We've found interviewing relatives to be very much like peeling an onion -- each new visit brings a new layer of memories and traditions. We had provided our relatives in Clifton, New Jersey, with some lovely old family photographs received from our relatives in Pittsford. When we visited Clifton last week, the photos stimulated more family stories.

A photograph had raised a question: what happened to great aunt Susie? There she was at the far left Hopko Family with Aunt Susie standing at the left Aunt Susie at far left of the picture. She was shown on the 1910 census living with grandma and grandpa, but after that she disappeared. Aunt Susie most probably married, but what was her husband's name?

We returned to our hotel with a stack of additional photos to scan. Searching the Internet Tuesday night we discovered something important, but since we were still scanning photographs we didn't understand it until Wednesday morning. Susie came to America on a ship from Bremen in 1909. The reason we didn't understand was because her travelling companions were named Janosine, Ilona and Ede, and we knew nobody by those names. Wednesday morning we were looking at a photograph we had found in Clifton -- it was the first picture in our collection of Uncle Eddie. Hmm ... mm ... Eddie ... Ede. We reexamined the Ellis Island record to discover that Susie had travelled with a 30 year old woman, a 7 year old little girl, and a 1 1/2 year old St. Mary's Church in Passaic, New Jersey St. Mary's Church in Passaic little boy. But their names should have been Anna, Paulina, and Edward. Eddie we could understand, but how did Anna get copied down as Janosine? We only had a transcription of the ship's manifest, because for some reason the handwritten image was unavailable on the internet.

Meanwhile, we had decided to go to the church where grandma and grandpa were married, because we thought surely Aunt Susie would have been married there. Father Demkovich answered the phone, and invited us to the 8:30 mass. So we were up early, found a place to park, and photographed the beautiful Church of the Assumption of the Blessed Virgin Mary, built for and by Slovak immigrants who came by the thousands to work in the mills along the Passaic River.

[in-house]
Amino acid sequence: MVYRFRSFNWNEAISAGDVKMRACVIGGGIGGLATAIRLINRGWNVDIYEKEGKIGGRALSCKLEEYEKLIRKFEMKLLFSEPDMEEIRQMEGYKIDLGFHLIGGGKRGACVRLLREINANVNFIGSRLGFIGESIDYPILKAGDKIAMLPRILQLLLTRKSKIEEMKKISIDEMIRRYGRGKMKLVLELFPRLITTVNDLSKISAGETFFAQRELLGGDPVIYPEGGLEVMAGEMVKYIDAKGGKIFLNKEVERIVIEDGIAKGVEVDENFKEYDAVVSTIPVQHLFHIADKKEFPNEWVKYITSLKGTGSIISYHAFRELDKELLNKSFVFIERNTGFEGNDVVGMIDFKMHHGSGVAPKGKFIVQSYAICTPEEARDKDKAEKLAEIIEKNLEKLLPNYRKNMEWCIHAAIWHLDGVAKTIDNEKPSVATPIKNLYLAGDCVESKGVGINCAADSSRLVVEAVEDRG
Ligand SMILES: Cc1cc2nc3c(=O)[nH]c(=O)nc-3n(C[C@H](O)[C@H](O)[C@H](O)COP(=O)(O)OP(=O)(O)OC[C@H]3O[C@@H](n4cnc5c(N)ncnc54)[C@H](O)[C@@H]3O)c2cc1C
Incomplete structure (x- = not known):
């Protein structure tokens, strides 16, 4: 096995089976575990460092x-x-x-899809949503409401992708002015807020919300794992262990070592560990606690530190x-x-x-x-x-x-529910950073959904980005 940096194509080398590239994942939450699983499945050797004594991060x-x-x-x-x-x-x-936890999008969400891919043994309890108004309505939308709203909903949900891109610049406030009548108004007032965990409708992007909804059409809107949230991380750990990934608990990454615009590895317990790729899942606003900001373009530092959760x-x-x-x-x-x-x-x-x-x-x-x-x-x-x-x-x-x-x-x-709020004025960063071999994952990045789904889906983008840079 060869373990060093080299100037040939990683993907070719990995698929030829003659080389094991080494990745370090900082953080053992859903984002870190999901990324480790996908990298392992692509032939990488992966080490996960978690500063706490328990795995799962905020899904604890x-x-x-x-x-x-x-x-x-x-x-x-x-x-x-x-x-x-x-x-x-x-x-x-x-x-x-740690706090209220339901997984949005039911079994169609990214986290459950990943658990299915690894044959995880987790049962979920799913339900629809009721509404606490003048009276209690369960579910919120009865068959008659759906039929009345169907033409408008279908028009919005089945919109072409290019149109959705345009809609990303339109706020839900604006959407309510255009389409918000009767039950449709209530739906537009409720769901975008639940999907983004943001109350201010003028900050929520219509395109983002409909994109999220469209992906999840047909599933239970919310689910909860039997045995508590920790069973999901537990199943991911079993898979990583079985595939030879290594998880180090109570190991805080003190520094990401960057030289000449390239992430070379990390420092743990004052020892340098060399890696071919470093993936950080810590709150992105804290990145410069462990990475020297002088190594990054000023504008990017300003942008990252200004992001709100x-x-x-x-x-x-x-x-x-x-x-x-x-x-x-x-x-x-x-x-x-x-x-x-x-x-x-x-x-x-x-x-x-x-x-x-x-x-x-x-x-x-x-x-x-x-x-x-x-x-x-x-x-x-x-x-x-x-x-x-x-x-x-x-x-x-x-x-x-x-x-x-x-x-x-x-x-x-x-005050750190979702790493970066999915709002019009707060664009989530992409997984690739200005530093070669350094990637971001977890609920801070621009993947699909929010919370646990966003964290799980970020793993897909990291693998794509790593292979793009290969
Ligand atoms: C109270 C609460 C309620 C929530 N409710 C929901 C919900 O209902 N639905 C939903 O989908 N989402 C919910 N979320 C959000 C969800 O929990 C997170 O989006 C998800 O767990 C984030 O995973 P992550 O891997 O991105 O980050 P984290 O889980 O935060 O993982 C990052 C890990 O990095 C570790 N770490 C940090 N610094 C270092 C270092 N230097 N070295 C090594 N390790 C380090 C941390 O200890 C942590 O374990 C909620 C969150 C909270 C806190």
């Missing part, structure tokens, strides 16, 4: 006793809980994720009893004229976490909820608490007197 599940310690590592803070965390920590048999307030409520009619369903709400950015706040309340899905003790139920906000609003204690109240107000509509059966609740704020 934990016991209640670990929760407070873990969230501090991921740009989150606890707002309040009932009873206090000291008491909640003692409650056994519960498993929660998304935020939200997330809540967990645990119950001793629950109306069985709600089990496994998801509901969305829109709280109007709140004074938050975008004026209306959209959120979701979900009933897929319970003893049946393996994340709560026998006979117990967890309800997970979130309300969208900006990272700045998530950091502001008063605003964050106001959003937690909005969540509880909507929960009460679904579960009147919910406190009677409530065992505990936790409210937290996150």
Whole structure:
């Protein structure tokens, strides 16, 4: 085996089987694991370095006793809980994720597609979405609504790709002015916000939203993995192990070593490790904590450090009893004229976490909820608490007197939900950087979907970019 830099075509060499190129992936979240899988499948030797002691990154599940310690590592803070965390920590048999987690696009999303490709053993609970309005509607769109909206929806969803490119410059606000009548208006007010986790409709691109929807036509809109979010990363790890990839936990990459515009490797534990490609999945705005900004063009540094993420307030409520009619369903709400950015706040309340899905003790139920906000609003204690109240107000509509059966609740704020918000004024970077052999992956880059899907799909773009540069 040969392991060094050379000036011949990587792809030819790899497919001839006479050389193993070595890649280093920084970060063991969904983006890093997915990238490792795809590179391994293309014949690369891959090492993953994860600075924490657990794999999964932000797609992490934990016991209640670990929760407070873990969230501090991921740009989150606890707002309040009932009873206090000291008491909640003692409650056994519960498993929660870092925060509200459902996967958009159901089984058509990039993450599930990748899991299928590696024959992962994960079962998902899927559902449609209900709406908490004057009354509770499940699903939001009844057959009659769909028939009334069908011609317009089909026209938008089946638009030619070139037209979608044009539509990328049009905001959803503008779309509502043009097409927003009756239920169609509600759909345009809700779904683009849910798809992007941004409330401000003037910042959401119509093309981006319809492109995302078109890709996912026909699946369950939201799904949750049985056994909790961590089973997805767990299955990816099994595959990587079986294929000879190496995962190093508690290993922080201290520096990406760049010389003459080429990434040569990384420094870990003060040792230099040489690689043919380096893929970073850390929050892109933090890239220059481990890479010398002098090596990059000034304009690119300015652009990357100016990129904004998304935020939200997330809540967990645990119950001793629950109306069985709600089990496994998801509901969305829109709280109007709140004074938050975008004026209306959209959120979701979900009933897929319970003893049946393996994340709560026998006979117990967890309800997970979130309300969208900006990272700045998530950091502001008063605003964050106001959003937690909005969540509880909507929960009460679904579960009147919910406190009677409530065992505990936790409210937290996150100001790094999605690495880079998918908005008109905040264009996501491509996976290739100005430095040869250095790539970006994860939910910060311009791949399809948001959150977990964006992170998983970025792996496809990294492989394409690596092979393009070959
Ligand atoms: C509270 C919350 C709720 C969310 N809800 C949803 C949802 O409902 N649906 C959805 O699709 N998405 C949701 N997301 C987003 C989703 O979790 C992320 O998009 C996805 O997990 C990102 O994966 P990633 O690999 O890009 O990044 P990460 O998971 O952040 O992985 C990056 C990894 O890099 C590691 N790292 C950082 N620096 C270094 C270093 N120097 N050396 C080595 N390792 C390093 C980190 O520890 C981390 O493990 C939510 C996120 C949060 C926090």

We understood why Father Demkovich wanted us at mass -- there were only about 10 other people there. He sings two masses every weekday, at 8:00 and 8:30. The service was lovely, and most of those in attendance had familiar Slovak faces.

Afterwards, ensconced in a little room in the back of the church, we studied the marriage and baptismal records. We didn't find great aunt Susie, but we did find baptisms for three children of great aunt Mary, whose granddaughter in Pittsford had supplied the photograph in the first place. Some of the record books have been lost. We copied the church records using our digital camera.

If Susie had not been married in St. Mary's, she must have been married somewhere else in New Jersey, so we decided that on The interior of St. Mary's Church Inside St. Mary's Church Thursday we would go to Trenton.

We were somewhat ill-prepared for Trenton, as we had the address of the State Health Department, but we couldn't find the building because the street sign was torn down. An enterprising man at a gas station told us how to get there, and then demanded a handout. We drove around several blocks, filled with trash, vagrants, parking lots for employees, and a few parking spaces for people going to the DMV, but none for visitors to the State Board of Health, so we parked on the street. As soon as we said the word "genealogy" the State Health Department lady politely but firmly told us to drive down the block, turn left and go to the Archives.

The Archives were characterized by high security and low service. Perhaps people were in a bad mood because they had been furloughed from work last week while the governor and legislature argued about the budget. In any case, we got a building pass downstairs, an archives pass upstairs, signed two visitor sheets and stowed all our gear except pencils in a locker and proceeded into the genealogy room.

The marriage records of the state of New Jersey are the property of the State Health Department, which had microfilmed them, year by year, alphabetically by the name of the groom. Didn't we know this? We knew we were in trouble when the archivist tried to shift the blame to us. She discussed a number of impractical ways to proceed, such as searching through dozens of years of newspaper obituaries or censuses for a woman whose last name we didn't know. The conversation was made more obscure by a volunteer, a young woman who told us she did this work for money, and began running through the list of all the ways we might get at discovering aunt Susie's married name. The volunteer boasted that she had been able to use the bride's index at the Health Department, which they refused to give to the Archives!